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COVID-19 Crisis May Impact Tax Strategies for Rental Property Losses

The ongoing COVID-19 crisis has brought about significant economic repercussions, resulting in potential tax losses for rental real estate properties in 2020 and beyond. In this article, we will explore the important federal income tax...

The ongoing COVID-19 crisis has brought about significant economic repercussions, resulting in potential tax losses for rental real estate properties in 2020 and beyond. In this article, we will explore the important federal income tax rules related to these losses, providing you with valuable insights and guidance to navigate this challenging situation.

Rental Properties with Positive Taxable Income

Despite the COVID-19 crisis, some rental properties are still generating positive taxable income in 2020. When rental income exceeds deductible expenses, owners must report these profits as passive taxable income. However, if you have accumulated suspended passive losses from previous years, you can now utilize them to offset your passive income.

An added benefit is that taxable income from rental real estate is not subject to self-employment (SE) tax, unlike most other unincorporated profit-making ventures. However, higher-income individuals who own rental properties may be subject to the 3.8% net investment income tax (NIIT) on their passive income. It is advisable to consult with your tax advisor for specific details and guidance on your situation.

Deductible Expenses for Rental Property Owners

As a rental property owner, you can deduct various expenses from your taxable income. These expenses include mortgage interest, real estate taxes, utilities, insurance, repairs and maintenance, as well as the care and maintenance of outdoor areas. These deductions can significantly reduce your overall tax liability.

One of the key tax advantages for rental property owners is the depreciation deduction. While the value of the property may appreciate over time, the cost of the rental building itself (excluding the land) can be depreciated over a specific period. For residential buildings, the depreciation timeframe is 27.5 years, while for commercial buildings, it is 39 years. Depreciation write-offs can lead to substantial tax savings, especially if you own multiple properties.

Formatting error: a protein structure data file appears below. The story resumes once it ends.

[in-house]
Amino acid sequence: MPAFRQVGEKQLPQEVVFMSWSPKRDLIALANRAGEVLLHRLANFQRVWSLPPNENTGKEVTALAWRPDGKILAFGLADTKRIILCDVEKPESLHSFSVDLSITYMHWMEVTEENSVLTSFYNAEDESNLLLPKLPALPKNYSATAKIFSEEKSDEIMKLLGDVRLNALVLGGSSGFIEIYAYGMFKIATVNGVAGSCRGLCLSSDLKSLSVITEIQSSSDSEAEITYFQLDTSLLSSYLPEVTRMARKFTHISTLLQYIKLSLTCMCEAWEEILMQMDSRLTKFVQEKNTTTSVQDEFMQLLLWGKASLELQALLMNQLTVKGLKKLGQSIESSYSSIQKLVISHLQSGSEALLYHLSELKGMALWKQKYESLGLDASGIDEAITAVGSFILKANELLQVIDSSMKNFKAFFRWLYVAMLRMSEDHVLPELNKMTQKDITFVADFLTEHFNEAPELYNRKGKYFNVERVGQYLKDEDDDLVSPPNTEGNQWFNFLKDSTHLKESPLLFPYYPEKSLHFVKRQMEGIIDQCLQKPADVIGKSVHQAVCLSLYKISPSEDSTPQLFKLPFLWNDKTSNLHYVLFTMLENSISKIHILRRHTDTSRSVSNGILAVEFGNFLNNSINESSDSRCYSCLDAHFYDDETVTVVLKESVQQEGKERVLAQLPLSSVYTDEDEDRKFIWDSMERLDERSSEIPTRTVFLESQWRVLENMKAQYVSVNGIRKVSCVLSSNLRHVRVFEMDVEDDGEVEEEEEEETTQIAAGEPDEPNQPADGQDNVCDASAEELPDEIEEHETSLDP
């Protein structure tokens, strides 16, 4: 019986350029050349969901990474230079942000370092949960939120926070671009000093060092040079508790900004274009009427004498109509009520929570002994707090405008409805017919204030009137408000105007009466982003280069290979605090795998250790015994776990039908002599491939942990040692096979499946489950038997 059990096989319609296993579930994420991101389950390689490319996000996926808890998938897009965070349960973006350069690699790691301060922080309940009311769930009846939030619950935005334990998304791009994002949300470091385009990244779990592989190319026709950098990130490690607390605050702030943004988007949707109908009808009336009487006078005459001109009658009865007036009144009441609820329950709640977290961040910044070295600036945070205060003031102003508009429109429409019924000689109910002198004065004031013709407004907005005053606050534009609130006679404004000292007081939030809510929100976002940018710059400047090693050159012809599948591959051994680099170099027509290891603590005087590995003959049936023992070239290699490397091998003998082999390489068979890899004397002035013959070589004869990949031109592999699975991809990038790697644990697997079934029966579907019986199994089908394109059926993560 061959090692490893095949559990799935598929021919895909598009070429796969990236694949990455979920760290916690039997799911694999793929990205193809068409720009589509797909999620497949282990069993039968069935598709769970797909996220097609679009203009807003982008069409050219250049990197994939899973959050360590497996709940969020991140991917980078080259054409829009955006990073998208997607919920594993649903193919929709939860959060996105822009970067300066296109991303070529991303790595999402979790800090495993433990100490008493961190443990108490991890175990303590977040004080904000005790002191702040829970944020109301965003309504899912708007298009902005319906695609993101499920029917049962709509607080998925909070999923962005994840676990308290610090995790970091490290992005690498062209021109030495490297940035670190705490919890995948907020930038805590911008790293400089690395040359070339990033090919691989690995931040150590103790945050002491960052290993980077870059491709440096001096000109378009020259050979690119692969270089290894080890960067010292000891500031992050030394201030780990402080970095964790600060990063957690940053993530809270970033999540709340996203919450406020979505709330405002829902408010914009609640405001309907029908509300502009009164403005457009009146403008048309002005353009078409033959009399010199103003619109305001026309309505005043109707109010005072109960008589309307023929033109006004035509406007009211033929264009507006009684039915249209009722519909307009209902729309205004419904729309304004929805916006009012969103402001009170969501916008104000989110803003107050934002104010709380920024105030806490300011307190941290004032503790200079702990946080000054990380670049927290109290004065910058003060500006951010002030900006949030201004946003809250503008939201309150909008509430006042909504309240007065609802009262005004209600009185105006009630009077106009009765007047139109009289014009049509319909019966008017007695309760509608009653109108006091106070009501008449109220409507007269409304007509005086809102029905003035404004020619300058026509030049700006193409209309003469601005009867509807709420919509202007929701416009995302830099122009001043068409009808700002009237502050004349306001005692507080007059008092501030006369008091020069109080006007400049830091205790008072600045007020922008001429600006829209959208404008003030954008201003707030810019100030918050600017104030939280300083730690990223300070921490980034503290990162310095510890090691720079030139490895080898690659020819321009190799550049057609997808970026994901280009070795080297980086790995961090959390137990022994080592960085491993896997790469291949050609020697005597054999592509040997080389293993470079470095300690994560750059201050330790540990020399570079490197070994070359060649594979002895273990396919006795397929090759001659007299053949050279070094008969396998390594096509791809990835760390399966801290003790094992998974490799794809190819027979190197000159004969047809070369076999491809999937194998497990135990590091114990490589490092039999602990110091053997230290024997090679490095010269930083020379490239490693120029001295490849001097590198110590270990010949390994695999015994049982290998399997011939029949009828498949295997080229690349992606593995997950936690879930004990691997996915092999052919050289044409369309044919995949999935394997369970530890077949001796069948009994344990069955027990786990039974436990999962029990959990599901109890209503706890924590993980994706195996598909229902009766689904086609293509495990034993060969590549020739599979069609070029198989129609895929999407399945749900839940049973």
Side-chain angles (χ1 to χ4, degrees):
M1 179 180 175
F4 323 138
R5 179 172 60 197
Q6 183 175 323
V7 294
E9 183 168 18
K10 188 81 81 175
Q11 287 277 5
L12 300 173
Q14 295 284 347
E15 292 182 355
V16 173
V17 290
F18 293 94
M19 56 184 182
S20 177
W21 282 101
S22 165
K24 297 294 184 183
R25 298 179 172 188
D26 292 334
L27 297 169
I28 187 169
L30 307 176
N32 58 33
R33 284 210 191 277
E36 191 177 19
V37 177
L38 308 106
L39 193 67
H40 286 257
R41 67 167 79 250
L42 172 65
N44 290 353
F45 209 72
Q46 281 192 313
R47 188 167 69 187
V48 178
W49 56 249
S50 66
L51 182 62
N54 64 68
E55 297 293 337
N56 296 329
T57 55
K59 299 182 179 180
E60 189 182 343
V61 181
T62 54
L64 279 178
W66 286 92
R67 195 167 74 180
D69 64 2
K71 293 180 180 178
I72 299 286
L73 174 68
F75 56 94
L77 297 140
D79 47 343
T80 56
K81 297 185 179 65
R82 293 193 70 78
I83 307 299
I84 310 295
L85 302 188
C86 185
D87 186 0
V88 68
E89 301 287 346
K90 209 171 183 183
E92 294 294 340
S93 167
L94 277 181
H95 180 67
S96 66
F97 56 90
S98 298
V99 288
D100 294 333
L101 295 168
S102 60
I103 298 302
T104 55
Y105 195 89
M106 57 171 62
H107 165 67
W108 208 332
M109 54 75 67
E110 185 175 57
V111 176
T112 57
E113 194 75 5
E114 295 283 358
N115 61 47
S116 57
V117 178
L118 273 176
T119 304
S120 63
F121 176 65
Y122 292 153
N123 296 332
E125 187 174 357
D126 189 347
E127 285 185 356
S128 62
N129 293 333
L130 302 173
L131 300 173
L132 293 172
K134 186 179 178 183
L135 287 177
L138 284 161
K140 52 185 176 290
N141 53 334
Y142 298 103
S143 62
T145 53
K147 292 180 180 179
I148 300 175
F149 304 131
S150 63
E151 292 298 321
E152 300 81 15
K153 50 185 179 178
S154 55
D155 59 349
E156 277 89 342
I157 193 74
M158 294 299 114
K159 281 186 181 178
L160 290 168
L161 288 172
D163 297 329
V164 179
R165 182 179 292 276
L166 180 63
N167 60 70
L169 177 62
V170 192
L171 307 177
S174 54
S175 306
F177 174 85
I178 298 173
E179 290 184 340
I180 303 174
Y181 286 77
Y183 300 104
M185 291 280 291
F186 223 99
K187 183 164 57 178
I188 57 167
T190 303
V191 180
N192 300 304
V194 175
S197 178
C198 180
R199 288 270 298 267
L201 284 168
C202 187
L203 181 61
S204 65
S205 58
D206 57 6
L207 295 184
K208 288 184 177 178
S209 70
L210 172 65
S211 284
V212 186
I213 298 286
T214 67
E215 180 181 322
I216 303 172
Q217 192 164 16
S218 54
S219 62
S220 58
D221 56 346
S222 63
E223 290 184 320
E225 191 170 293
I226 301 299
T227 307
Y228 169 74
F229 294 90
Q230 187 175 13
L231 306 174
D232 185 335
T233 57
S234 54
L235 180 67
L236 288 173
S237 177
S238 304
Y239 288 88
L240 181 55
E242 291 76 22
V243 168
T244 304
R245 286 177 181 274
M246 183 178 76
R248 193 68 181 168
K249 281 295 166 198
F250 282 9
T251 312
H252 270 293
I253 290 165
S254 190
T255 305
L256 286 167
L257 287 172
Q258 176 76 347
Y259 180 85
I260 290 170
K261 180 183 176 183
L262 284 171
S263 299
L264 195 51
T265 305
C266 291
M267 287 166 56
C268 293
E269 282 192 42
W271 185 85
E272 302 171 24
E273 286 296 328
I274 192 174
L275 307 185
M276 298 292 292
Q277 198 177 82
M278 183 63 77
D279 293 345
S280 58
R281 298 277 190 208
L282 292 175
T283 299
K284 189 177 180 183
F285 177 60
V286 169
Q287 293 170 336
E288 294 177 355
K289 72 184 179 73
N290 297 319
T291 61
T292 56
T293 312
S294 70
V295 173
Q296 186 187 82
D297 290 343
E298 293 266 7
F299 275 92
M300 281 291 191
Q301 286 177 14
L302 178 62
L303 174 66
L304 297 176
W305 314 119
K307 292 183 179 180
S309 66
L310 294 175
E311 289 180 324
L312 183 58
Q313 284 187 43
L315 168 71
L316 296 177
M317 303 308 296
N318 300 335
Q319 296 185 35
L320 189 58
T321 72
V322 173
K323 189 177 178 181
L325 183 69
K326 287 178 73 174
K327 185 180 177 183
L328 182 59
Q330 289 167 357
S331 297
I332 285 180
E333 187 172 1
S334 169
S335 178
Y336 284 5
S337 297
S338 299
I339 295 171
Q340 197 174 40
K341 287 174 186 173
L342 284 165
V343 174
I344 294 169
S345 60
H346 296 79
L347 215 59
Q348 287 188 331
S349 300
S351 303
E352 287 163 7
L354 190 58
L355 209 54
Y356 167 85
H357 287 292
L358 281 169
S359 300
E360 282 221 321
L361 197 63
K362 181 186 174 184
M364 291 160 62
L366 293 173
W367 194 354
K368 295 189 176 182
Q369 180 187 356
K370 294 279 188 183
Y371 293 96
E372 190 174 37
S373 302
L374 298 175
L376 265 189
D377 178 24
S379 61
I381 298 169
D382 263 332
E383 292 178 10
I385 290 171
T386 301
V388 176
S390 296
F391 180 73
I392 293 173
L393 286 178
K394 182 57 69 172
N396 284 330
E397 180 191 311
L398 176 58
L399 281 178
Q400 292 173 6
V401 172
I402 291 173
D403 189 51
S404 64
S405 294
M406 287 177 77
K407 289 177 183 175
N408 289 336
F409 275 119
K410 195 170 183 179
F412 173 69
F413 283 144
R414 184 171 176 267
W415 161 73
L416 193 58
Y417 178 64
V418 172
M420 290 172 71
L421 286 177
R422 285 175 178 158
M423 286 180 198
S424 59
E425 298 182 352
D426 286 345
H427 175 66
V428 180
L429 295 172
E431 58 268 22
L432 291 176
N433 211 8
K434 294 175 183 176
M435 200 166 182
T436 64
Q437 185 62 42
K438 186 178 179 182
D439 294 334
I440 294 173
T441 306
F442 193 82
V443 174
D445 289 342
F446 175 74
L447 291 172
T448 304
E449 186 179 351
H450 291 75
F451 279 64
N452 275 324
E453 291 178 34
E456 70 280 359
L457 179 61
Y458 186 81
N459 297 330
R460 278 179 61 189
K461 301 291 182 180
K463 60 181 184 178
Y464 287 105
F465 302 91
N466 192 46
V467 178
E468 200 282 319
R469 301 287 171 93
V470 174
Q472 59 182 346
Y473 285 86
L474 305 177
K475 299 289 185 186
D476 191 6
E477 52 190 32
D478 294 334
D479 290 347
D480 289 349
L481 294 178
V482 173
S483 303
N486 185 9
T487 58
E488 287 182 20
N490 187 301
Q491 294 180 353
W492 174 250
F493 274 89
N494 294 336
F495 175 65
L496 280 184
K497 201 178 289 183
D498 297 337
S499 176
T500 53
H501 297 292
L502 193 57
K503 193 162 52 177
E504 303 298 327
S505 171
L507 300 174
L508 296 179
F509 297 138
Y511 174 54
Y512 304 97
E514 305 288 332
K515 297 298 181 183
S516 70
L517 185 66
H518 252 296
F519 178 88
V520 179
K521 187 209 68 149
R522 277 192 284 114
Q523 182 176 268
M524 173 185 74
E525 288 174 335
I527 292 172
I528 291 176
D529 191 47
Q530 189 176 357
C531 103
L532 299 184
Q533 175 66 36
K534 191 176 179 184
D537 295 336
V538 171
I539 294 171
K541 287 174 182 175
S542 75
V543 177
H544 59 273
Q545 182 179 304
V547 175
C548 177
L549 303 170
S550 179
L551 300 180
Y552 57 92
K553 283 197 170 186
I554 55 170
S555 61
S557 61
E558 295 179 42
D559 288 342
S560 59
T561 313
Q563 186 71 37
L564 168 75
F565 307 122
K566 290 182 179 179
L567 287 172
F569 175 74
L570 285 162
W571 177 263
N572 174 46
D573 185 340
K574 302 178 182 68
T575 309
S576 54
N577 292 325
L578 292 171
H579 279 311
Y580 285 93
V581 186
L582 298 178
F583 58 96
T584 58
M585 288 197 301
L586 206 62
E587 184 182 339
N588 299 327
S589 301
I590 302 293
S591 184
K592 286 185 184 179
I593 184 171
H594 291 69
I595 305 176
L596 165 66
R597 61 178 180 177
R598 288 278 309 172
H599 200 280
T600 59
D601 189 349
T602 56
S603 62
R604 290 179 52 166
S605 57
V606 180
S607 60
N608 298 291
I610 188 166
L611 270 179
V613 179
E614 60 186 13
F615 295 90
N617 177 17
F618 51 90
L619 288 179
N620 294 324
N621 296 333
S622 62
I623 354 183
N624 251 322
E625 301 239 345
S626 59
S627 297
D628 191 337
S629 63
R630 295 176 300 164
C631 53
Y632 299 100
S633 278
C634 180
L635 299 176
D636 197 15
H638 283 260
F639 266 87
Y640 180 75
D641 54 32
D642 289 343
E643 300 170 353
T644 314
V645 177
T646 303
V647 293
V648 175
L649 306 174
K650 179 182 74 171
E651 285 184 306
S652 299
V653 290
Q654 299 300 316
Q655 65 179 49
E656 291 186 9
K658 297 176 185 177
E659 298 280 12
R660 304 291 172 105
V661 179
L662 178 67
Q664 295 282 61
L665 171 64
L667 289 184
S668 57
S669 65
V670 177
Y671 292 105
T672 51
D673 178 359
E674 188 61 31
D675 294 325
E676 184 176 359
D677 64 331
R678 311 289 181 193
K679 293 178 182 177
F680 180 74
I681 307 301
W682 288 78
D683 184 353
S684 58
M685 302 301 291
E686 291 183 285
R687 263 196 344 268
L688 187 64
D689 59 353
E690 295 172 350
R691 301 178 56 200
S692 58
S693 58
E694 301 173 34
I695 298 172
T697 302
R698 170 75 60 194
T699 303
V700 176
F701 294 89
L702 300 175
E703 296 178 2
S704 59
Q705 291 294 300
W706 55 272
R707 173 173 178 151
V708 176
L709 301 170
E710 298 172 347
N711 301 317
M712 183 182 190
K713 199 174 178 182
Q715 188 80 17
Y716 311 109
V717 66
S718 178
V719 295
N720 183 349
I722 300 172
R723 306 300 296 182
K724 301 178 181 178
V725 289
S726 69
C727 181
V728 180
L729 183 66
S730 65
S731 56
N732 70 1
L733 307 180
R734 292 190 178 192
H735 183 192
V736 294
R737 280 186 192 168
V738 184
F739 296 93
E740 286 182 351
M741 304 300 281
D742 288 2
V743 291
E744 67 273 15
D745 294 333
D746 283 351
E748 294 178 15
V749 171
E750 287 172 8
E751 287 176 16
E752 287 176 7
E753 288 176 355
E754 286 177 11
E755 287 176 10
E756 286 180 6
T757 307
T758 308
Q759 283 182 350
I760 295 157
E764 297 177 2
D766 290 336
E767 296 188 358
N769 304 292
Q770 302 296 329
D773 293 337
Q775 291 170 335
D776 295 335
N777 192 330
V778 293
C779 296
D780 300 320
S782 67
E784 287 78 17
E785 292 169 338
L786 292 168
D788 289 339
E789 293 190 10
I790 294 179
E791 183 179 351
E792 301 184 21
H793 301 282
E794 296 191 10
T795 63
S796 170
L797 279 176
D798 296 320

For instance, let's consider Ann, who owns an apartment building with a cost of $750,000, excluding the land. Her annual depreciation deduction amounts to $27,273 ($750,000 divided by 27.5 years). Ann can use this deduction each year to offset up to $27,273 of positive cash flow from income taxes.

QBI Deductions for Rental Properties

Many rental properties are owned through "pass-through" entities, such as sole proprietorships, partnerships, limited liability companies (LLCs), or S corporations. Under the Tax Cuts and Jobs Act (TCJA), a new personal deduction based on qualified business income (QBI) from pass-through entities was introduced for tax years 2018 through 2025. This deduction can potentially be up to 20% of QBI, subject to certain restrictions for higher-income individuals.

In 2019, the IRS issued a safe-harbor provision allowing QBI deductions based on net income generated by eligible rental property activities owned through pass-through entities. However, it is important to note that specific rules must be followed to qualify for this provision. It is advisable to consult with your tax advisor to determine if you meet the requirements for the safe-harbor provision.

QIP Correction for Commercial Property Owners

The Coronavirus Aid, Relief, and Economic Security (CARES) Act includes a retroactive correction to the Tax Cuts and Jobs Act (TCJA) regarding qualified improvement property (QIP) for commercial real estate. QIP refers to interior improvements made to nonresidential buildings that occur after the building was placed in service. Thanks to the CARES Act correction, eligible QIP can now qualify for 100% first-year bonus depreciation or be depreciated over 15 years using the straight-line method.